Russia Reform Monitor No. 2486

Related Categories: Democracy and Governance; Human Rights and Humanitarian Issues; SPACE; NASA; Russia

In a recent draft strategy, Russia's Economic Development Ministry has outlined a series of options for addressing its climate goals amid rising greenhouse gas emissions. The document, which has been leaked to the Russian media, outlines four potential pathways for the Russian government: inertial, basic, intensive and aggressive. Of them, all but the "inertial" approach is believed to be capable of meeting President Vladimir Putin's desired goal - which is not to hit "net zero" carbon emissions by 2050, but simply to drop Russia's annual totals below those of the European Union by then.

Russia is already the world's fourth largest carbon emitter, producing 2.12 billion tons of CO2 in 2019, as compared to the EU's 3.8 billion the same year. The "basic" plan, Russian news sources say, is the one most in line with Russia's current development strategy, which will see its emissions rise a further 8.2% (to 2.29 billion tons) by 2050 as a result of increases in every industry except for transportation and utilities. To offset these increases, the draft strategy lays out, Russia will rely on "natural carbon capture" from its vast swathes of forests to bring down its CO2 levels - in effect, expecting nature to mitigate the effects while continuing its current trajectory of industrial growth. (The Moscow Times, August 27, 2021)

A prospective LGBTQ candidate for the Murmansk city council has been barred from participating in the upcoming Russian elections because of her affiliation with jailed Kremlin critic Alexei Navalny - although the smear and intimidation campaign against her began well before the Kremlin's recent crackdown on Navalny's followers. Shortly after Violetta Grudina - who once ran a campaign office for Navalny - announced that she herself would run for Murmansk City Council back in April, leaflets accusing her of encouraging homosexuality among children began appearing near her office. Next, her office space was vandalized and defaced overnight. Then Grudina was ordered into hospital care for nearly three weeks for allegedly violating COVID-19 quarantine protocols during the election candidate registration period, and finally prevented from having her name included in the list of eligible candidates.

"It was a scare campaign, an intimidation campaign - the public steamrolling of an opposition candidate so people never even think of taking part in politics out of fear of the repressions I've faced," Grudina has told the Reuters news agency. Local, regional, and national authorities have all declined to comment on her case. (Reuters, August 31, 2021)

Earlier this year, Roman Badanin, the chief editor of Russian news site Proekt, was personally branded a foreign agent under Russian law and his outlet an "undesirable organization" because it is registered in the United States. In the months since, Badanin has fled the country and his family and children are under surveillance by state security in Moscow. The move against Badanin and Proekt was part of a major crackdown on independent media across Russia - one that has targeted other outlets such as Meduza and Dozhd TV as well. But, Badanin believes, it reflects weakness rather than strength on the part of the Kremlin. According to him, "Putin's regime has entered survival mode: Everyone who has challenged his right to rule Russia will be declared an enemy, expelled from the country, thrown into prison or killed." Under these conditions, independent journalism represents a threat to the Russian government that needs to be suppressed. (Washington Post, September 1, 2021)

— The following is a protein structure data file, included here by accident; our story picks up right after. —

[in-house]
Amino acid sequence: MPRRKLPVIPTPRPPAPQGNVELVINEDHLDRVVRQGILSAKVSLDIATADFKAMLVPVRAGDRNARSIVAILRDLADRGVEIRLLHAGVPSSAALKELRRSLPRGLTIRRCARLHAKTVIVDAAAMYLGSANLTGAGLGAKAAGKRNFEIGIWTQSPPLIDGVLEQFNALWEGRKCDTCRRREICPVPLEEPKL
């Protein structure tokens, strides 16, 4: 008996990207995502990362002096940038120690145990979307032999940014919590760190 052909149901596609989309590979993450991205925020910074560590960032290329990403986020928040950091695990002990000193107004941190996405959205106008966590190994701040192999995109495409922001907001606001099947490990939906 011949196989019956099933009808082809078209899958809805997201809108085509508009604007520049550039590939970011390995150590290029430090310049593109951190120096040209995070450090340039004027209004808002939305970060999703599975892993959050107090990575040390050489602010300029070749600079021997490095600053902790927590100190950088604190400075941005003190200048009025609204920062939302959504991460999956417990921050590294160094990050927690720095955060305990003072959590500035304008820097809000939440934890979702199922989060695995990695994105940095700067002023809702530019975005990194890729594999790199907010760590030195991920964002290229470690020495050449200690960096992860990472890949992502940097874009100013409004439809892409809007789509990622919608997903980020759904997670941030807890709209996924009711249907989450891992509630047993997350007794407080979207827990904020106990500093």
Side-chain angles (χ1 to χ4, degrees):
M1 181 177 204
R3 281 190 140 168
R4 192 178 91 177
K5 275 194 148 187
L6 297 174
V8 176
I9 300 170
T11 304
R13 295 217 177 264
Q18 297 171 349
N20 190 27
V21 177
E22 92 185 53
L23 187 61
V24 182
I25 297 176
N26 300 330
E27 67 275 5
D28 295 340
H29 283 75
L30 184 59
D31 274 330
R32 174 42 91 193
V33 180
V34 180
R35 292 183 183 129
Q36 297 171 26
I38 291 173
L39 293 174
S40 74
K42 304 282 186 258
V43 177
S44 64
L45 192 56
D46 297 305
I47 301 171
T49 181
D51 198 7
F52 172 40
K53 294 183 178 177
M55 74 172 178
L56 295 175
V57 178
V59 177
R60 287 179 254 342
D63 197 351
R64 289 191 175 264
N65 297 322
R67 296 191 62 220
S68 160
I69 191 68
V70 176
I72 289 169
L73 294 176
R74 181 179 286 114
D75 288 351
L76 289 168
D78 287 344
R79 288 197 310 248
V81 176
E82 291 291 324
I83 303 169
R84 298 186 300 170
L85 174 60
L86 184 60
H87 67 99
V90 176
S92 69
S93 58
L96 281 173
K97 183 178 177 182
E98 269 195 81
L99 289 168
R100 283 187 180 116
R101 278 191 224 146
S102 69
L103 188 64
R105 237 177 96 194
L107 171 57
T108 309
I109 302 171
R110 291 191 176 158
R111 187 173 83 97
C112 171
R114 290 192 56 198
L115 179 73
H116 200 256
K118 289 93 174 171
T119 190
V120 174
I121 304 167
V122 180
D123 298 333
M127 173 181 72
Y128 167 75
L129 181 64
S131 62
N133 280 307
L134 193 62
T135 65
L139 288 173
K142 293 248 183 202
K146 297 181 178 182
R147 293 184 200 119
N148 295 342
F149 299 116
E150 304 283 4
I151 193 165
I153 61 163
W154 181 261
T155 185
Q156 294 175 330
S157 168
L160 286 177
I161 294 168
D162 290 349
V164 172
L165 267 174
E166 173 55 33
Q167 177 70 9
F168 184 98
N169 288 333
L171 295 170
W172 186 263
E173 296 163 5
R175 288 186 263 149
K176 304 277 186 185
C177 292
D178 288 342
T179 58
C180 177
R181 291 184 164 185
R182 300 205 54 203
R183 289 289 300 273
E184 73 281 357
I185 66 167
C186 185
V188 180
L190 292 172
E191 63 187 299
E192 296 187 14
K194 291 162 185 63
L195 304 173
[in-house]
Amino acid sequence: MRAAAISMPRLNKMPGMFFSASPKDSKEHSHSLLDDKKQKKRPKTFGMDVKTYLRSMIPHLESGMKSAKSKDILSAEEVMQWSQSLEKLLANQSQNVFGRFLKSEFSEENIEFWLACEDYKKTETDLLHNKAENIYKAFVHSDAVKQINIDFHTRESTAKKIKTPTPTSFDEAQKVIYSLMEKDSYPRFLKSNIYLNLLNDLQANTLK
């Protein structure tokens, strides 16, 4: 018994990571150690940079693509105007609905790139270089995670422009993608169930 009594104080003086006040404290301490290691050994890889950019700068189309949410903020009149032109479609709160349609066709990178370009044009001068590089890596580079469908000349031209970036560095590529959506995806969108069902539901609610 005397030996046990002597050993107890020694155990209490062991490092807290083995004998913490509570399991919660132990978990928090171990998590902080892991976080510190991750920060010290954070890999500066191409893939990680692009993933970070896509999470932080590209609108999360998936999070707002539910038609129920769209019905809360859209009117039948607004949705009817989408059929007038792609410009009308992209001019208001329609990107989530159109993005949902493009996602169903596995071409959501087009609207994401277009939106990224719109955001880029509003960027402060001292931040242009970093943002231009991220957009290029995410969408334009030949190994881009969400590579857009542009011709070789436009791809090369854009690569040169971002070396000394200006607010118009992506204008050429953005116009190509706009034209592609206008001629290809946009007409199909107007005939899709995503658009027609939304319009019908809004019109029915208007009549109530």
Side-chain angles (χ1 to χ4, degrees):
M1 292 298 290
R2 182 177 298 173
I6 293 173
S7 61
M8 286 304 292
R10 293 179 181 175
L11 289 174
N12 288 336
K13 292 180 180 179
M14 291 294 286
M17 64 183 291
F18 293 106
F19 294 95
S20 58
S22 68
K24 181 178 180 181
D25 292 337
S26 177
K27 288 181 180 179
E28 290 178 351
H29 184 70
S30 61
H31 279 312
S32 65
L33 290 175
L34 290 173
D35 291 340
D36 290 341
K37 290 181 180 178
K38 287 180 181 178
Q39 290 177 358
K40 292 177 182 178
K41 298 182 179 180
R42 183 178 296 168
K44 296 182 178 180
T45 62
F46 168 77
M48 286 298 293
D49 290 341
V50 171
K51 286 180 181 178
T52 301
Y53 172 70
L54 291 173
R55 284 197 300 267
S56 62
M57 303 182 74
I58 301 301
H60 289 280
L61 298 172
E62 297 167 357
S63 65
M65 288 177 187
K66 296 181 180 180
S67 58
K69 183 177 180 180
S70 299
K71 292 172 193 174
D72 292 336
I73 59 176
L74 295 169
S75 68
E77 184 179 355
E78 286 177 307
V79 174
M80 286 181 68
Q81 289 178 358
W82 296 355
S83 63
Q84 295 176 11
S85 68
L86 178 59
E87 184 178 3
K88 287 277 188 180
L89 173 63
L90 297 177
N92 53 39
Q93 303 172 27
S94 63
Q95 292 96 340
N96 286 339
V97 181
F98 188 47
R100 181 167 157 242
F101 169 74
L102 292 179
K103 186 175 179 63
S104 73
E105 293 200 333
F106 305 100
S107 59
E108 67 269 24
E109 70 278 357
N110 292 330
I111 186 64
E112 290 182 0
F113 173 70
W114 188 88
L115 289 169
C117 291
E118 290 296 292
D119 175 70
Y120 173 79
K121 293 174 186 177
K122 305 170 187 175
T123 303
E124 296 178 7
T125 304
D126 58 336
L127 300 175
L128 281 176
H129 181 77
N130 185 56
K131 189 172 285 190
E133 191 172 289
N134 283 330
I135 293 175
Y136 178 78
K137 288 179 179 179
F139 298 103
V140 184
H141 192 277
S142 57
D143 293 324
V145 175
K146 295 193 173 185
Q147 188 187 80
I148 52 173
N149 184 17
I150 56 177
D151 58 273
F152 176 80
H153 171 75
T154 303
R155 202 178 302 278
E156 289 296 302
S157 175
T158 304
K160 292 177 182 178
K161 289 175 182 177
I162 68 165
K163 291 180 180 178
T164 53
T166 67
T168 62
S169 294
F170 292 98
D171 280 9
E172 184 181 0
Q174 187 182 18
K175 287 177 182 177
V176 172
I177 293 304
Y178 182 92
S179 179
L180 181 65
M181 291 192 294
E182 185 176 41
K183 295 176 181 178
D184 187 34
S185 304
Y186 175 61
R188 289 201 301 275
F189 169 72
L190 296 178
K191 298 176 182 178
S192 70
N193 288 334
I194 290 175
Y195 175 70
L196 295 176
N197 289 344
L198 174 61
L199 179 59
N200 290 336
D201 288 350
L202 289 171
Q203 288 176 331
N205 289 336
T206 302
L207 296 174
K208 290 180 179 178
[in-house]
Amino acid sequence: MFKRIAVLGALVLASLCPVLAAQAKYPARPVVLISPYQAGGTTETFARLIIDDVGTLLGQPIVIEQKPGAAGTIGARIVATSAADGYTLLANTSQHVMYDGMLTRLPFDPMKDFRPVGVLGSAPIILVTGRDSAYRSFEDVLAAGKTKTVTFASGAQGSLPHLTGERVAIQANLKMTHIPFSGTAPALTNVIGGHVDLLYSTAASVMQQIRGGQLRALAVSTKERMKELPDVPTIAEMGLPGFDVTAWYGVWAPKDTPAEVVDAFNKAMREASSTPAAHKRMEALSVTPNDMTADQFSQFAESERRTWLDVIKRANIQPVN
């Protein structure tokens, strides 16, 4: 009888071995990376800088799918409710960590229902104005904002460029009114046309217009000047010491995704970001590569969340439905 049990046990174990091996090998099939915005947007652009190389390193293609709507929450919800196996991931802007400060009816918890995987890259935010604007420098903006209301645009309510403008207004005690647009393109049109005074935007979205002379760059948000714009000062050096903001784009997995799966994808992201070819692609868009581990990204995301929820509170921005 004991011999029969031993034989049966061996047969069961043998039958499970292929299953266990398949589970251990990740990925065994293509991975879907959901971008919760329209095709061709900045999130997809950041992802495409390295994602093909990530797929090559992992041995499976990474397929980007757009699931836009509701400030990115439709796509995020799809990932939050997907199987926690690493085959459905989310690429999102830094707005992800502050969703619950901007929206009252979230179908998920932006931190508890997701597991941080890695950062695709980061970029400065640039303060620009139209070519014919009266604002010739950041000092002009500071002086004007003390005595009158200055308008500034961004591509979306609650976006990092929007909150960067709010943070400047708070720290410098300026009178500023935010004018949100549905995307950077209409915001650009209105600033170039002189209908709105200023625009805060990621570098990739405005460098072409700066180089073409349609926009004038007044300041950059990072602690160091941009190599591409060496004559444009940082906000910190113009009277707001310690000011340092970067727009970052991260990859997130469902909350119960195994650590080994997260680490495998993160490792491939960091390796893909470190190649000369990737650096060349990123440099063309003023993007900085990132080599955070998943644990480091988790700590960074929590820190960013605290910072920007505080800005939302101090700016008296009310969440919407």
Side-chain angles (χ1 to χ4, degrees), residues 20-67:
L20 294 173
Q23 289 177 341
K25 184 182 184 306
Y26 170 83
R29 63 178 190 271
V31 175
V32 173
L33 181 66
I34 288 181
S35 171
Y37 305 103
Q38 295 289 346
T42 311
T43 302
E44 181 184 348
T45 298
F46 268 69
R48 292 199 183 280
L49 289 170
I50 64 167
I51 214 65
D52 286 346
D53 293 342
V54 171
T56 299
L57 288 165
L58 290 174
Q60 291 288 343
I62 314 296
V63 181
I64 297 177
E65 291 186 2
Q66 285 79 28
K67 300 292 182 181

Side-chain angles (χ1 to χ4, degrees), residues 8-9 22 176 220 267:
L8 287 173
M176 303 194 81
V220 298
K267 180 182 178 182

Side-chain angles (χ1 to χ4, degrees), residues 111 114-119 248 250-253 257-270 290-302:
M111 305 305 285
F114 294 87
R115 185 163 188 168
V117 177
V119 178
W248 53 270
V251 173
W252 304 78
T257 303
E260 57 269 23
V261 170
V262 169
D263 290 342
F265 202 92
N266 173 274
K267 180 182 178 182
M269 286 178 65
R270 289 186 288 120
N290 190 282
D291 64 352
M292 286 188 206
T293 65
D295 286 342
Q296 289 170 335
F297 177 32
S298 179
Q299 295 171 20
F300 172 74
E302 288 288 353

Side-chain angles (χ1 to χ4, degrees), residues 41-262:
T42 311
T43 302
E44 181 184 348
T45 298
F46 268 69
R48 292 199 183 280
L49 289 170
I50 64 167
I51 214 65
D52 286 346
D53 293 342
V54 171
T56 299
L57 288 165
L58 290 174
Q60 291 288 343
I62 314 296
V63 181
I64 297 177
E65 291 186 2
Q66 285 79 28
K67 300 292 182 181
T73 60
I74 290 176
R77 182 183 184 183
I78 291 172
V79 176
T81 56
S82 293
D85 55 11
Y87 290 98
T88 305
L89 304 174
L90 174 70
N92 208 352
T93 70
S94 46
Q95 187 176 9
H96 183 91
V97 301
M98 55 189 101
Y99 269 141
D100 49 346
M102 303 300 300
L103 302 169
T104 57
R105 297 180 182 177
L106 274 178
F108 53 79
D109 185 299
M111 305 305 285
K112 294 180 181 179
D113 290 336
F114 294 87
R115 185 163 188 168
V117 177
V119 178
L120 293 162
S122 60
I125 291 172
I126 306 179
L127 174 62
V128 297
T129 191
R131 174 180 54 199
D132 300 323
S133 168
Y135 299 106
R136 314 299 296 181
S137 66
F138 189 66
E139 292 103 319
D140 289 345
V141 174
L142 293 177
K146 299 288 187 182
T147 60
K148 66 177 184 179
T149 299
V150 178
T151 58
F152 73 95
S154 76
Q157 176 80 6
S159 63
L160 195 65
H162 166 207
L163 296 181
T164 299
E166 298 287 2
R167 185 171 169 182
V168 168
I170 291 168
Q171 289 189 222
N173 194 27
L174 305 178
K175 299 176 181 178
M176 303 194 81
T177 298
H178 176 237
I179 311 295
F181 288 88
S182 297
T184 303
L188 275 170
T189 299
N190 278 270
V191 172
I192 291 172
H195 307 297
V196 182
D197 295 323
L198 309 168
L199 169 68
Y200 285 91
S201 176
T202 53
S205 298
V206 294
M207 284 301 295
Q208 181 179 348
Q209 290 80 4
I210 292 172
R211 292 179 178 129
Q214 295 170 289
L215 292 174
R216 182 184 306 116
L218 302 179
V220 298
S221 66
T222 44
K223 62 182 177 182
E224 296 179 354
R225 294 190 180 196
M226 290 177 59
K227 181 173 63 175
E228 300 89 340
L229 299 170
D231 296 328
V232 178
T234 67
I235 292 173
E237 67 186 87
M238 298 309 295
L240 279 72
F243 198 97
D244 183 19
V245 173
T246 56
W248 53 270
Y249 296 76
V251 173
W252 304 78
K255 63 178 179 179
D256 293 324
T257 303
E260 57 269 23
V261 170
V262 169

During an anniversary celebration at a theater in Yaroslavl late last month, cadets from the local paratrooper military club took to the stage and simulated violence against gays by using a sledgehammer to smash a concrete block inscribed with the phrase "death to gays" (a slur was used in place of "gays"). The stunt drew a mixed reaction from the audience and organizers. The head of the club, Andrei Palachev, gave his endorsement of the antics, while the theater organizer voiced his surprise and displeasure. "It wasn't preplanned or agreed upon because they knew we wouldn't allow it," he said.

The incident reflects a broader trend. Negative attitudes toward the country's LGBTQ community have steadily worsened since Moscow passed its "gay propaganda" law - which bans the "promotion of nontraditional sexual relations to minors" - in 2013. Earlier this summer, grocery store chain VkusVill removed an ad featuring a same-sex couple due to pressure from conservative Russian groups. (Radio Free Europe/Radio Liberty, September 1, 2021)

Back in June, Russia's Space Chief, Dmitri Rogozin, delivered blistering remarks to the country's State Duma regarding the Kremlin's intention to end cooperation with NASA and pull out of the International Space Station (ISS) in favor of a future space station project of Russia's own. In a recent interview with CNN, however, Rogozin partially walked back those comments. "I think there is a problem in interpretation," he claimed. "I, most likely, did not say that." What is clear, however, is that Moscow is angling for a more preferential position in space vis-a-vis the United States. According to Rogozin, "we request dignified conditions from NASA. We don't want to be assistants or servants." (CNN, September 2, 2021)